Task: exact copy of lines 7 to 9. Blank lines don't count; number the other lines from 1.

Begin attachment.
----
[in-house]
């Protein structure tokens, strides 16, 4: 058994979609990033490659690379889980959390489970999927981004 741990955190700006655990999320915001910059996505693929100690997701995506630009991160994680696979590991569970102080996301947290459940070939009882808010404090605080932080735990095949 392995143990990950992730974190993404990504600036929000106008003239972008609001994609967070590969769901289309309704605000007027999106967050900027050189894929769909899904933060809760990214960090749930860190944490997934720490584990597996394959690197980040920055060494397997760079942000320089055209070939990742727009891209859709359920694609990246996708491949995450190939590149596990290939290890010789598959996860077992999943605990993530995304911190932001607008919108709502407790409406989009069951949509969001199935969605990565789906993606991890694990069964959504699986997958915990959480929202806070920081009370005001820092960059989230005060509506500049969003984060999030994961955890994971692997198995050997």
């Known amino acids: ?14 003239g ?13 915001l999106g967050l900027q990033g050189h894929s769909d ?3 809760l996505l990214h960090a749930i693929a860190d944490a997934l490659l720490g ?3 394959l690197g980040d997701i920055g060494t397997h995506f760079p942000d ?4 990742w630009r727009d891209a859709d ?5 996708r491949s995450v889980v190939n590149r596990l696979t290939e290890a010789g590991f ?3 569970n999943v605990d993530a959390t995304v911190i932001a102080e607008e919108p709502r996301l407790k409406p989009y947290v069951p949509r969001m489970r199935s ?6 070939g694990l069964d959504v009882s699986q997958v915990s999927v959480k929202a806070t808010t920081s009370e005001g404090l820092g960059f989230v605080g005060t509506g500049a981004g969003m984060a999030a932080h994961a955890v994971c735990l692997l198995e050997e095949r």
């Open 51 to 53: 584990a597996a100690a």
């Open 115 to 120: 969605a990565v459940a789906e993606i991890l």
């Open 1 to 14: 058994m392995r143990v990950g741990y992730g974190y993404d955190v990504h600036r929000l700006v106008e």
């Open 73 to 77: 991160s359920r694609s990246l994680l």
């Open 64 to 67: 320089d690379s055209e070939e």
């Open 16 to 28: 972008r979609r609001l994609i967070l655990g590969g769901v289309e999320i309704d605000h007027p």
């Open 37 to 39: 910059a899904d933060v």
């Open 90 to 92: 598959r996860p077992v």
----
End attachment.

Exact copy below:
């Open 73 to 77: 991160s359920r694609s990246l994680l």
């Open 64 to 67: 320089d690379s055209e070939e």
């Open 16 to 28: 972008r979609r609001l994609i967070l655990g590969g769901v289309e999320i309704d605000h007027p």